Having posted about Ophiopogon planiscapus last week I thought I’d continue looking at some of my plans to widen out my selection of exotic plants or at least exotic looking plants. While I’m holding off on most of my sowing a few of my choices for this year have such long germination periods I thought I’d get them started.
1. Musa lasiocarpa-dwarf banana
One of my Morgan & Thompson seed purchases this year was a pack of musa lasiocarpa. This dwarf banana is fairly hardy supposedly taking temperatures down to -10. I’m aiming to grow it for the patio but with up to six months to germinate, I thought I better get started. While they are available as small plants there is a satisfaction that comes with growing from seed. Though as these come with a warning that germination is “slow and erratic” I’m not getting my hopes of success up to much.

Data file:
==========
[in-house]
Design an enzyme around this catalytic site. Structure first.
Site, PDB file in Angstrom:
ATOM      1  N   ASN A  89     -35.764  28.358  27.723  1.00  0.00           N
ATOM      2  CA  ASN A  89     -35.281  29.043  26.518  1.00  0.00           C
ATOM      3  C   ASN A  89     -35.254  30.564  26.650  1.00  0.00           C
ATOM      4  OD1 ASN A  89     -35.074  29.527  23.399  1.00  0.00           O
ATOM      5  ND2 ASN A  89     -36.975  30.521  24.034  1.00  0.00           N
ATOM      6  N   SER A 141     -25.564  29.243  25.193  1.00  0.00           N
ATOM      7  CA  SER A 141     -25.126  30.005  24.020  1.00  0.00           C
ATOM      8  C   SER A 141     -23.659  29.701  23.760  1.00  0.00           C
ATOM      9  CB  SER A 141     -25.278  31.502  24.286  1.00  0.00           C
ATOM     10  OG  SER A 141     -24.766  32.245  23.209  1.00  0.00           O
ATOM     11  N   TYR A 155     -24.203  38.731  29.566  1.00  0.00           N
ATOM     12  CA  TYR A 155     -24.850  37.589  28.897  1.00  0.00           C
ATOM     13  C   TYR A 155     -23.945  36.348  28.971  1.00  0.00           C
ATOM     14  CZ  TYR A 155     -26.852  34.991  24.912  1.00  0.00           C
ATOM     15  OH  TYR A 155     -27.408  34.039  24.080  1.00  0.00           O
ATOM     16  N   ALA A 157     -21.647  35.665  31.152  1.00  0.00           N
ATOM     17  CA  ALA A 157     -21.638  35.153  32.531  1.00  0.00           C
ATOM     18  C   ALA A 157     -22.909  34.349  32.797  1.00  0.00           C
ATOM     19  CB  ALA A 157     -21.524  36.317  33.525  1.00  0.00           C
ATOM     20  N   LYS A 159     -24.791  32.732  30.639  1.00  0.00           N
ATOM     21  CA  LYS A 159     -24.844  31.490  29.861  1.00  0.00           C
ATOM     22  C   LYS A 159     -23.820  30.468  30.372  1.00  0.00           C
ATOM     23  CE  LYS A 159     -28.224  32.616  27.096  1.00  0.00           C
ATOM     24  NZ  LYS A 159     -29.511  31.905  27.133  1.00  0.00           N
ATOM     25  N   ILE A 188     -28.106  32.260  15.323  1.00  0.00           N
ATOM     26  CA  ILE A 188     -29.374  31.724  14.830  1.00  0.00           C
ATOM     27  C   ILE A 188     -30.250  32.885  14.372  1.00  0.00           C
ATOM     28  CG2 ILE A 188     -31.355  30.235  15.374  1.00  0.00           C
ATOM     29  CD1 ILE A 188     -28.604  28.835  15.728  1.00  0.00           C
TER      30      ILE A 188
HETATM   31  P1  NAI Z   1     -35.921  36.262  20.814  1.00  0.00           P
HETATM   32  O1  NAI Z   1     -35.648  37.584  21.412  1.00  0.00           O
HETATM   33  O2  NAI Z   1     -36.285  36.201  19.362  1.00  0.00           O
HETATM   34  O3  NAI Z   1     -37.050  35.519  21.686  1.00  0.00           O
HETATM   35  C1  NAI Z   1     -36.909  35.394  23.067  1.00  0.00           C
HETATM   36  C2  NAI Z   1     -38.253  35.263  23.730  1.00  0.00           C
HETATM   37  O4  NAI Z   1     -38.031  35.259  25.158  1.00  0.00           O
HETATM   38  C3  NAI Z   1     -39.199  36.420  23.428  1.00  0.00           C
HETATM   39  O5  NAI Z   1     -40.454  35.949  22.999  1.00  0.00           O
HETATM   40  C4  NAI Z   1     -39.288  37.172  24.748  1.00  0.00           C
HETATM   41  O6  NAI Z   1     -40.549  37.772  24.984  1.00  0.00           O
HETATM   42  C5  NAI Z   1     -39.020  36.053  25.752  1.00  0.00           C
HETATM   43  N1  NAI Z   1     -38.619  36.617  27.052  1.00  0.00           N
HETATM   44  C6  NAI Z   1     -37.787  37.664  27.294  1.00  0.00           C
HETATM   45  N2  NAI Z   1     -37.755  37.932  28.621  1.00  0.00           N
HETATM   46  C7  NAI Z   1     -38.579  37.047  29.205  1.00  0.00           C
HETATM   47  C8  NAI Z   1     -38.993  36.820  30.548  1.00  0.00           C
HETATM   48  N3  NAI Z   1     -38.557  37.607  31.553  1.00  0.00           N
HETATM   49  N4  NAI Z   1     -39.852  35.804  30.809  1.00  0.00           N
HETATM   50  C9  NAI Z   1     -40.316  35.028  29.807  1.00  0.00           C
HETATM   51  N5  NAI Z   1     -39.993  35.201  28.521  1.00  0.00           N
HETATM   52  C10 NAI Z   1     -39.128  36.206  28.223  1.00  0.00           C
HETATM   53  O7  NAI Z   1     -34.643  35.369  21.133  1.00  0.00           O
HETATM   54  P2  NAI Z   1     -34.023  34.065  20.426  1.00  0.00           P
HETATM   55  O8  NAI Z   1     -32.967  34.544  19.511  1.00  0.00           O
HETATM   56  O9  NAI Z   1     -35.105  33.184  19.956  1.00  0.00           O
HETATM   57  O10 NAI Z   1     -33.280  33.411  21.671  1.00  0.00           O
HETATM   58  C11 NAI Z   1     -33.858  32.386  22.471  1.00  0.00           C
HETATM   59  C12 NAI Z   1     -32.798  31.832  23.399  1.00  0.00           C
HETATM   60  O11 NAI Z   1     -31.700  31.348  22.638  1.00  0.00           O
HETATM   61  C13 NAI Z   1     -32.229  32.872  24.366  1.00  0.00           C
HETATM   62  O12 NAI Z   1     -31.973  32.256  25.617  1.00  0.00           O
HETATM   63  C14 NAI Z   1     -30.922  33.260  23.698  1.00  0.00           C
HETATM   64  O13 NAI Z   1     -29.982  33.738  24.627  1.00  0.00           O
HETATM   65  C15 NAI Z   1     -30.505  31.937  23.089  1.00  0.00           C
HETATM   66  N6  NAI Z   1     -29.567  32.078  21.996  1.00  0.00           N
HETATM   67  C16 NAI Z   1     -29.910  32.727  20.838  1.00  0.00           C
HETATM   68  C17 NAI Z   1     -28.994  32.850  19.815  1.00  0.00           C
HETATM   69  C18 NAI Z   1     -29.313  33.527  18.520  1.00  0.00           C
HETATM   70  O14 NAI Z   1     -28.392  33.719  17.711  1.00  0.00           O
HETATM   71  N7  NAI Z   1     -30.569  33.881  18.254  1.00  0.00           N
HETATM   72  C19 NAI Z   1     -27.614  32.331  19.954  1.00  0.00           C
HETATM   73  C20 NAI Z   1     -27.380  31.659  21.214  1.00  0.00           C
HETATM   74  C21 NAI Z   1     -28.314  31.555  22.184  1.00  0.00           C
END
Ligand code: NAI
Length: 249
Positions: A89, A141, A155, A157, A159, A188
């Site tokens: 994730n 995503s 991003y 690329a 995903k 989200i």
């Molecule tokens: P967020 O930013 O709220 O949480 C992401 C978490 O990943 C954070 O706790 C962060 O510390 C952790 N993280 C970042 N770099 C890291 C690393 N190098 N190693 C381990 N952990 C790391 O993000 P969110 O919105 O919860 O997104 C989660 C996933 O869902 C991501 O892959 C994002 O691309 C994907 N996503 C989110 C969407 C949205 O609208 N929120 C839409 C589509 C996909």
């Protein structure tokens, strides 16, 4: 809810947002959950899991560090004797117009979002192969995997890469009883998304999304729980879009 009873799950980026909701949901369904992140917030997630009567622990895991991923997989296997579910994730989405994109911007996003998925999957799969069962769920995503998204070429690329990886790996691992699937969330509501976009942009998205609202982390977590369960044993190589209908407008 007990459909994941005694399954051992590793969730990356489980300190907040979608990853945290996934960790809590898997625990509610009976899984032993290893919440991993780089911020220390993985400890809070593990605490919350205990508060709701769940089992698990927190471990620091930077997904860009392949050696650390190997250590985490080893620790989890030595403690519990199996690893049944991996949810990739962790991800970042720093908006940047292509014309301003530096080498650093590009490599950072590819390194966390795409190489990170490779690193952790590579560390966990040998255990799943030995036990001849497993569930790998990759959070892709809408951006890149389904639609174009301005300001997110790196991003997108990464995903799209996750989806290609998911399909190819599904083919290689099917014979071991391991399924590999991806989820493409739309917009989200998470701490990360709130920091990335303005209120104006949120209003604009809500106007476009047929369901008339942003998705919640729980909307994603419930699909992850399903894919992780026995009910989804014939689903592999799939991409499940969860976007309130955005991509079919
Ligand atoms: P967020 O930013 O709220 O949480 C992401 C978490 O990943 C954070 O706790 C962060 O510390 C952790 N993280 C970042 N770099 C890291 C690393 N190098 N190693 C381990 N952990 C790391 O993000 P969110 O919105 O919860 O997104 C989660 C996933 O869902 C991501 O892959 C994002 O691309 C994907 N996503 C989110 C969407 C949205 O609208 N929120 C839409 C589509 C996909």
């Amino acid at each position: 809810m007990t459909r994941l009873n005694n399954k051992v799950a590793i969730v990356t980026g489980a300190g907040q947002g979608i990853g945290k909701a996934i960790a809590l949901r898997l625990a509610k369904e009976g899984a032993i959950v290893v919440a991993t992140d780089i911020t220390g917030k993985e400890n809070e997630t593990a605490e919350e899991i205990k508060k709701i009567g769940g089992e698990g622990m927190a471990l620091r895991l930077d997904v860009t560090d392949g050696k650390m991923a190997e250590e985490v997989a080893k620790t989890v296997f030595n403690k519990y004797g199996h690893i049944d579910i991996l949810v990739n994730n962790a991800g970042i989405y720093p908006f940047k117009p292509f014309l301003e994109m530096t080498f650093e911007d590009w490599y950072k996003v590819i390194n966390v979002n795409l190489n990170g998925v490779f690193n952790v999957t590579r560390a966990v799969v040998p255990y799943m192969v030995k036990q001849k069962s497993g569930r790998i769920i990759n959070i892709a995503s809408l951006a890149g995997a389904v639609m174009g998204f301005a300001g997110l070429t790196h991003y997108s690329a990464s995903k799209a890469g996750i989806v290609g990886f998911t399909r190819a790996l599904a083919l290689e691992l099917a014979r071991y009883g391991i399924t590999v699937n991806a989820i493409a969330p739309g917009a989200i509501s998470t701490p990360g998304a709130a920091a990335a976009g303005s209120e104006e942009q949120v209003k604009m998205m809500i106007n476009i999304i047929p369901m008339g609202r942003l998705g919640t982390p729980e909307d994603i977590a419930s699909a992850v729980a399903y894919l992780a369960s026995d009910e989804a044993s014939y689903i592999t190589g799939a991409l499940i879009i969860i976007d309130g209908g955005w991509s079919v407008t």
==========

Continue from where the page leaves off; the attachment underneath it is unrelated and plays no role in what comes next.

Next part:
The second of this year’s Morgan and Thompson seed purchases. This was a mixed packet of agave seeds. While I am in the cold North being by the coast I think might give them reasonable survival chances if I can get them going. There are a few gardens in my area that bring agaves out for Summer so we’ll see how I get on. At less than 99p after deals were applied I’m willing to take a chance on them. After a week in the propagator I’ve already got some germinating, so we’ll see if I can keep them going to become fully fledged plants. I need to read up on the next stage. I’d only read up on germination as I thought it might fail at that stage.
3. Heated propagator
In order to increase my chances of germination success, I’ve bought a heated propagator. It featured last week with the black mondo seeds. It’s only a cheap variety that adds a few degrees heat but that could make all the difference. It doesn’t have a thermostat to control temperature but I didn’t want to break the bank on it. I do wish I’d gone for the premium though for a more solid lid.